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Open Access Publications from the University of California

Cervical Arthroplasty in the Treatment of Cervical Angina: Case Report and Review of the Literature.

  • Author(s): Jammal, Omar M Al
  • Diaz-Aguilar, Luis Daniel
  • Srinivas, Shanmukha
  • Plonsker, Jillian
  • Sahyouni, Ronald
  • Pham, Martin H
  • et al.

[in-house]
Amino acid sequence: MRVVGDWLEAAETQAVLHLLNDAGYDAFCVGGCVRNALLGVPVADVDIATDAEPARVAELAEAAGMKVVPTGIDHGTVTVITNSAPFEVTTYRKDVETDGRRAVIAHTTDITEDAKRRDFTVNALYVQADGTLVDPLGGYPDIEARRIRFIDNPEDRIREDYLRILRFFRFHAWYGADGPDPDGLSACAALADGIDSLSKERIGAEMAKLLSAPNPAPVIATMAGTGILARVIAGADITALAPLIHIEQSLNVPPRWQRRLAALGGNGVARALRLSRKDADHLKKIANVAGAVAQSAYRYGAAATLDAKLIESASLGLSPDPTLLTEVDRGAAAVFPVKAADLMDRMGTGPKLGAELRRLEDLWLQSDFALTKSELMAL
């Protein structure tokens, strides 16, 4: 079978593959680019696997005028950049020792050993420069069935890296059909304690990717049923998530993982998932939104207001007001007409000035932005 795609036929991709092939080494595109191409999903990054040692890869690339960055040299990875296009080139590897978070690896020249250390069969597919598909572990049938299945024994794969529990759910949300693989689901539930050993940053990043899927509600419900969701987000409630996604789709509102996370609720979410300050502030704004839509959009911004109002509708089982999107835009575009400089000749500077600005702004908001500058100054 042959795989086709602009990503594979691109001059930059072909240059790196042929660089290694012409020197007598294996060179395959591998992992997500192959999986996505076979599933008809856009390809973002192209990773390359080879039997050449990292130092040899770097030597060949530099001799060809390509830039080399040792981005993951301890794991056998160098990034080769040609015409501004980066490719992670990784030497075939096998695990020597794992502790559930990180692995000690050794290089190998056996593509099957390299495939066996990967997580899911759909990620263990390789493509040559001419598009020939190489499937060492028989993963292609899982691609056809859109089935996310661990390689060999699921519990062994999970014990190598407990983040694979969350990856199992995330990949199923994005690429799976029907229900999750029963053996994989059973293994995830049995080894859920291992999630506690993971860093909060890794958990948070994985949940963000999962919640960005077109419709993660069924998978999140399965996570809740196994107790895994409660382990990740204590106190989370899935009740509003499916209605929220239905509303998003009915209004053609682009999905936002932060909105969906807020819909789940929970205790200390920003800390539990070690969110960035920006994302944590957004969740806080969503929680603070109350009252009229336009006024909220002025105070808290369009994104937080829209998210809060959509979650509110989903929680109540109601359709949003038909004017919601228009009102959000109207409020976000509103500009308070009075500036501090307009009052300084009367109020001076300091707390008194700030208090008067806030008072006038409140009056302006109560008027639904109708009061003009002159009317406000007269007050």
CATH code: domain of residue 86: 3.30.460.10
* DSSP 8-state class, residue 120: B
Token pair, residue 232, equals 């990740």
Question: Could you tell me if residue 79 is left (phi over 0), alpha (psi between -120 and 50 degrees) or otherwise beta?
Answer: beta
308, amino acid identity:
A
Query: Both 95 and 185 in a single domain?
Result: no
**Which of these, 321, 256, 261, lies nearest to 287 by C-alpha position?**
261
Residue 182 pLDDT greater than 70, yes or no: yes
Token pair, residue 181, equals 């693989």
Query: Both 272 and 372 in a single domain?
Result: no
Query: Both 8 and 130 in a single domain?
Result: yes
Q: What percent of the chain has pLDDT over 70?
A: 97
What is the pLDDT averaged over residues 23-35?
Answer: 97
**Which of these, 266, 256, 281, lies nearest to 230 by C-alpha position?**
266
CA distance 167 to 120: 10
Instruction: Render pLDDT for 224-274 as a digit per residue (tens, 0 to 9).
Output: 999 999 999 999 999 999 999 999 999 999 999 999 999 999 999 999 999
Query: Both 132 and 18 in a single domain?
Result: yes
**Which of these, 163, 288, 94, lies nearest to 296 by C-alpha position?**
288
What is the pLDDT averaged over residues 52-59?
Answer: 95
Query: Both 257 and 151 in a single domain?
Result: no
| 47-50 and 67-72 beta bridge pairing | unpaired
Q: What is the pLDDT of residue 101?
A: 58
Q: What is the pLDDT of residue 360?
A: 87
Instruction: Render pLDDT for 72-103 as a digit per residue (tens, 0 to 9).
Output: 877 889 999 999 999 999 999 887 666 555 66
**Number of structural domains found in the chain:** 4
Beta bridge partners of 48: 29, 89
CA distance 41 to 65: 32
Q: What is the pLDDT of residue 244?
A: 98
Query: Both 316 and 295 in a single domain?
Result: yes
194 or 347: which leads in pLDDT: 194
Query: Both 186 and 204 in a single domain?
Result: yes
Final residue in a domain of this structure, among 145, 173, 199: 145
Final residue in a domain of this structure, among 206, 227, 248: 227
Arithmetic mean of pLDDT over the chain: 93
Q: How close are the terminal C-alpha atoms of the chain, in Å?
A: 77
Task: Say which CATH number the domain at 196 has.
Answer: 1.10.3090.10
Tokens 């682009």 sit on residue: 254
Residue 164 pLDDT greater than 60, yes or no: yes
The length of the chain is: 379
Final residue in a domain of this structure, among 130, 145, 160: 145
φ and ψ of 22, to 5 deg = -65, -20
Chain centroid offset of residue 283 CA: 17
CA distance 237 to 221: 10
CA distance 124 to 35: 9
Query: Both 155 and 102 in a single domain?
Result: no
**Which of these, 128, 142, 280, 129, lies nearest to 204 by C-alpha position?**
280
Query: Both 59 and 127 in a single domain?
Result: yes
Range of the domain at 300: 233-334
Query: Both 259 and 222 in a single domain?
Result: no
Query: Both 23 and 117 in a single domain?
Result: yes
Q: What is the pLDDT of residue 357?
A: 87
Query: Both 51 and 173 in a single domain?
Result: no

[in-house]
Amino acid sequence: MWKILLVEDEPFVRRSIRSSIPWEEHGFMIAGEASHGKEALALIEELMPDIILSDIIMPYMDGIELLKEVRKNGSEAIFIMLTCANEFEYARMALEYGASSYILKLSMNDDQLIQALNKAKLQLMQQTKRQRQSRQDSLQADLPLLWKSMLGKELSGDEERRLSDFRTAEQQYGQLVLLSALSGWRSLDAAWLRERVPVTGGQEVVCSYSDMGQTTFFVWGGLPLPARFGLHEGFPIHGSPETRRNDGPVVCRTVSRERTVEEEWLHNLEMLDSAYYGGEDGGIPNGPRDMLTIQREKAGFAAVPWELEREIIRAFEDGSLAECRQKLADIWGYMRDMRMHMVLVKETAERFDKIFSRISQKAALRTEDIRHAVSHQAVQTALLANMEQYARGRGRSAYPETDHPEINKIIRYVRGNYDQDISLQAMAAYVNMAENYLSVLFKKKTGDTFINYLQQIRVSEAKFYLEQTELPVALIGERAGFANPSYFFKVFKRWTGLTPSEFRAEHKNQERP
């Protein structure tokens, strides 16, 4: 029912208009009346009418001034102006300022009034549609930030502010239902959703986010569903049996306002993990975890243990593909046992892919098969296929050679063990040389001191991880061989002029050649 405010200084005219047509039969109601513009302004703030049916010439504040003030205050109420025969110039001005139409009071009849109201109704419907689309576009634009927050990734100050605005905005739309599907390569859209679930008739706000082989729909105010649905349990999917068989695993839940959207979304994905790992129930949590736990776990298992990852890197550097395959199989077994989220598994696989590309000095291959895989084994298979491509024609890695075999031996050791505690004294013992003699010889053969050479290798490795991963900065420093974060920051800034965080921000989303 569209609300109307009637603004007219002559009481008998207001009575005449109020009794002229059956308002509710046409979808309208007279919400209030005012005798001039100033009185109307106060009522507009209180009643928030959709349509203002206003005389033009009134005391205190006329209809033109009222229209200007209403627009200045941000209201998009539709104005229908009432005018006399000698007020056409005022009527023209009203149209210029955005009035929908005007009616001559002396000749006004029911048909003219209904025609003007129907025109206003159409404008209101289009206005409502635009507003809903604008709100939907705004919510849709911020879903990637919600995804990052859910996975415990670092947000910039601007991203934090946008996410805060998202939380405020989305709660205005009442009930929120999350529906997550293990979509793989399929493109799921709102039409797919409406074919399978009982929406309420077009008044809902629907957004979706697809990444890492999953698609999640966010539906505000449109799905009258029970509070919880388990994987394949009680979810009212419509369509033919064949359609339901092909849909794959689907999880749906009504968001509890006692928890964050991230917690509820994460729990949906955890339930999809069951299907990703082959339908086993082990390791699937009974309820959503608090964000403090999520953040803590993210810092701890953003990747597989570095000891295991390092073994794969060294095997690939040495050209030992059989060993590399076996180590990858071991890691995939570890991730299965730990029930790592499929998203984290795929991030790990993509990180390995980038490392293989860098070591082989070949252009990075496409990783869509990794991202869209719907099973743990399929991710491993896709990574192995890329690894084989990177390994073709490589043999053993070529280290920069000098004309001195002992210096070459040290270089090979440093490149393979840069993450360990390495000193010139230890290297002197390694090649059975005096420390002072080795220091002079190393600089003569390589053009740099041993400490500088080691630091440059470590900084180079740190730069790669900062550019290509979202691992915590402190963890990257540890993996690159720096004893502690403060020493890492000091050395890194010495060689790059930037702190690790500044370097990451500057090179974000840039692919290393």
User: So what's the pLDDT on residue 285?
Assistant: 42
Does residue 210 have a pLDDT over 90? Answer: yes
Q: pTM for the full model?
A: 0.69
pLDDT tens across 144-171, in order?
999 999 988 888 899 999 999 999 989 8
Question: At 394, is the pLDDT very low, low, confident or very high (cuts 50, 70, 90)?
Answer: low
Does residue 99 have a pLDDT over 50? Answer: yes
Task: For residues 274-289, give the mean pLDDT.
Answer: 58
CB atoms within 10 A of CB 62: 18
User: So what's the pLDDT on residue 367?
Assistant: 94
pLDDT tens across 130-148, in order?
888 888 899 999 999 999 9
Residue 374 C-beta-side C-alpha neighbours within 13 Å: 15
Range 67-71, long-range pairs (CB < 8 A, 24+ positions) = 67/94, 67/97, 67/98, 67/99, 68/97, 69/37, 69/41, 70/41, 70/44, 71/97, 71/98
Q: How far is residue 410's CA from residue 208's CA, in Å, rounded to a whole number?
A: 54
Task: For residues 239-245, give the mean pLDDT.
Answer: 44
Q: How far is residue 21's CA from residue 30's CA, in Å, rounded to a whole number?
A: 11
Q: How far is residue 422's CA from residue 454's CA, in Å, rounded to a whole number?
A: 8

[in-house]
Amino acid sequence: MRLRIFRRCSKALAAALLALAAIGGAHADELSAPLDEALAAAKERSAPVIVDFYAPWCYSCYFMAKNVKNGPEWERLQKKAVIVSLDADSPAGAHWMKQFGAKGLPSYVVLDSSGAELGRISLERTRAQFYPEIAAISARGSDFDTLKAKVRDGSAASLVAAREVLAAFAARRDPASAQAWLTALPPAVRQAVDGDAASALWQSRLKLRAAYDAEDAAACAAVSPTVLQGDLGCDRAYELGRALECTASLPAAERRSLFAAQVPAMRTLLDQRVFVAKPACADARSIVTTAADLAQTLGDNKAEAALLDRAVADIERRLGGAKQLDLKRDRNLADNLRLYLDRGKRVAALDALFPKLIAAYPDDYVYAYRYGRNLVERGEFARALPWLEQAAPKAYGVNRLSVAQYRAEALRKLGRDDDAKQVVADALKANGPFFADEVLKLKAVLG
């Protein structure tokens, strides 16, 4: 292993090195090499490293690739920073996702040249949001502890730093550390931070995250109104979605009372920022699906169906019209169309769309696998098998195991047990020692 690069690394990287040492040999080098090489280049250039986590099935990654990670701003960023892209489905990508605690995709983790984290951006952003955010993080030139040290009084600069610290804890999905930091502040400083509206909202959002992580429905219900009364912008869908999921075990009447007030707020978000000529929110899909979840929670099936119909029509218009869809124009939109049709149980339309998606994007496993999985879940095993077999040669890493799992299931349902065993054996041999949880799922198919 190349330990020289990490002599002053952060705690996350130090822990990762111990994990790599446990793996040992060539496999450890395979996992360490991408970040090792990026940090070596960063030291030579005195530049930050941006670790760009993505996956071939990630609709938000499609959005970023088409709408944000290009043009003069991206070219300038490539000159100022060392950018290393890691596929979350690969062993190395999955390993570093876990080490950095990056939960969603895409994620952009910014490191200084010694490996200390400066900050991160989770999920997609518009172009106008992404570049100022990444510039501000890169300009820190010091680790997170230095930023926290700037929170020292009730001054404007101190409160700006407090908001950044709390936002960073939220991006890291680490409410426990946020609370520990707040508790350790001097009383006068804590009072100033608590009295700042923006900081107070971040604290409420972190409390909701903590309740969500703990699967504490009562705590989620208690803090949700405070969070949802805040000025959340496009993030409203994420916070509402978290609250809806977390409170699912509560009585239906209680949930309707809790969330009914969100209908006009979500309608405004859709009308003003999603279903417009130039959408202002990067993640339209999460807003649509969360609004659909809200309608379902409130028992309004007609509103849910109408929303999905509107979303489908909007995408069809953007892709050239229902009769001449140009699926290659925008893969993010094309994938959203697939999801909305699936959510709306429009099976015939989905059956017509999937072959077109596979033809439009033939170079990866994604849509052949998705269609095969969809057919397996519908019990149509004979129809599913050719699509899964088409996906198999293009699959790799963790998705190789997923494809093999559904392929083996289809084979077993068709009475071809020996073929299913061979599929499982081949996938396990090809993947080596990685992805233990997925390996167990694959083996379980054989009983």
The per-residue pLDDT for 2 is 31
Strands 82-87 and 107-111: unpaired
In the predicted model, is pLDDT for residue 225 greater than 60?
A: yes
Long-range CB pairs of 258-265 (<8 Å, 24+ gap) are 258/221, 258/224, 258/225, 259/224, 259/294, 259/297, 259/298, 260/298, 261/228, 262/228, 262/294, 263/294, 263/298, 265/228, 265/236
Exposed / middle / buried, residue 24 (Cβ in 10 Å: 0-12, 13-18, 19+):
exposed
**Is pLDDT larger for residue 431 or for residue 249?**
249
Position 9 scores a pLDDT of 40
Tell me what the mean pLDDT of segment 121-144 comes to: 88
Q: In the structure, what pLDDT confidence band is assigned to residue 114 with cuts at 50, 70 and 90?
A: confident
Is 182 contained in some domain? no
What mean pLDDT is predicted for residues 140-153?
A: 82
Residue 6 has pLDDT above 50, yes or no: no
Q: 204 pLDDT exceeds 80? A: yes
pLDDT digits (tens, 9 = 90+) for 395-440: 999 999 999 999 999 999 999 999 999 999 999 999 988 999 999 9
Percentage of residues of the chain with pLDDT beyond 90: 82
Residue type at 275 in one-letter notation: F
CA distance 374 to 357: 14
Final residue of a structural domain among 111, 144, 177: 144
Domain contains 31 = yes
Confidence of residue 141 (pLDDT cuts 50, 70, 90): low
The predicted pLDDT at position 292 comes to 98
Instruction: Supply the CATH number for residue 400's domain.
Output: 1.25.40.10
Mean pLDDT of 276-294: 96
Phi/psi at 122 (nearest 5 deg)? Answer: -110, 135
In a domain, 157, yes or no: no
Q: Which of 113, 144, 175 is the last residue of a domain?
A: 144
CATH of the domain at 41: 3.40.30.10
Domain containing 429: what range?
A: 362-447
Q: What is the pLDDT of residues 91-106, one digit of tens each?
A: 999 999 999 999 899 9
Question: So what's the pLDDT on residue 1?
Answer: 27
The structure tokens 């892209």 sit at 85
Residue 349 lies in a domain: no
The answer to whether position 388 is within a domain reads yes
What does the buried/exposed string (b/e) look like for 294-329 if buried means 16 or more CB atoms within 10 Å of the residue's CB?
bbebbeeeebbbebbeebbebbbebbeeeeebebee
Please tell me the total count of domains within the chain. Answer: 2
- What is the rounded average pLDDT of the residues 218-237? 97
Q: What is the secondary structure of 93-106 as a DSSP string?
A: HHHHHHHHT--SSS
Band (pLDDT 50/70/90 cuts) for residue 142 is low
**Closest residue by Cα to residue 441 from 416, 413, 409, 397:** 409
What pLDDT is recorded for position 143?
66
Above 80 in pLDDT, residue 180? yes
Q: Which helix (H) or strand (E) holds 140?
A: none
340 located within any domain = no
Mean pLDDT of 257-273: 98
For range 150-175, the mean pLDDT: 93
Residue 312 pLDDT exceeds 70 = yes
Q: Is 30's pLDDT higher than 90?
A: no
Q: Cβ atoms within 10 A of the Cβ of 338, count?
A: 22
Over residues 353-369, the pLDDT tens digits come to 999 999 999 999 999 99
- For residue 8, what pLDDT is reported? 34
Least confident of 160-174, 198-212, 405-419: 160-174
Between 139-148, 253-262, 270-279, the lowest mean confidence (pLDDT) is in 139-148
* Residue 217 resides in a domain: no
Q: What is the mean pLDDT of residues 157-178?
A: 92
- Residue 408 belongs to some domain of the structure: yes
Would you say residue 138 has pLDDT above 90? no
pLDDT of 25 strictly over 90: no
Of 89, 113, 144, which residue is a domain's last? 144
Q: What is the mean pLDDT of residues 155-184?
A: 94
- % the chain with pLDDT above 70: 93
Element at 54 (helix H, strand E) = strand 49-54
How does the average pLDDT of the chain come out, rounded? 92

Cervical angina is an often-overlooked etiology of noncardiac chest pain that may mimic true angina pectoris but is due to cervical spine disease. Diagnosis can be difficult, and treatment ranges from conservative therapy to surgical management. However, of patient's refractory to conservative therapy, approximately ninety percent experience postoperative relief of angina symptoms. Here, we present a case report on cervical angina and performed a systematic review of the literature. A 34-year-old male with prior surgery for thoracic outlet syndrome presented with persistent anterior neck and chest pain as well as posterior left scapular and upper lateral arm pain. The pain was refractory to 12 months of conservative therapy. Cardiac workup was negative and cervical spine imaging revealed a C6-7 herniation with neuroforaminal stenosis. A systematic literature search was conducted in PubMed, Web of Science, and Cochrane databases from database inception to April 2020. Studies reporting cervical level, average symptom duration, location of pain, and postoperative pain improvement were included. The patient's atypical symptoms were completely resolved after C6-7 anterior cervical discectomy and arthroplasty. To our knowledge, this is the first study which reports on the use of arthroplasty in the treatment of cervical angina. The systematic review included 11 articles from 1989-2020 consisting of 1,186 total patients and 109 patients (age range, 36-84 years; 60.7% male) meeting inclusion criteria. Symptom duration range was 2 days to 90 months, with the most common location of pain being localized to the anterior chest wall (66.7% of patients). All patients (100%) had postoperative resolution of their pain symptoms. The most common herniation level was C6-7 (87.3% of patients). We conclude that a broad and multidisciplinary approach is necessary for the diagnosis and management of noncardiac chest pain. When cervical disease is identified as the underlying cause for the angina-like pain, conservative therapy should be sought. Refractory cases should be treated surgically depending on the cervical pathology.

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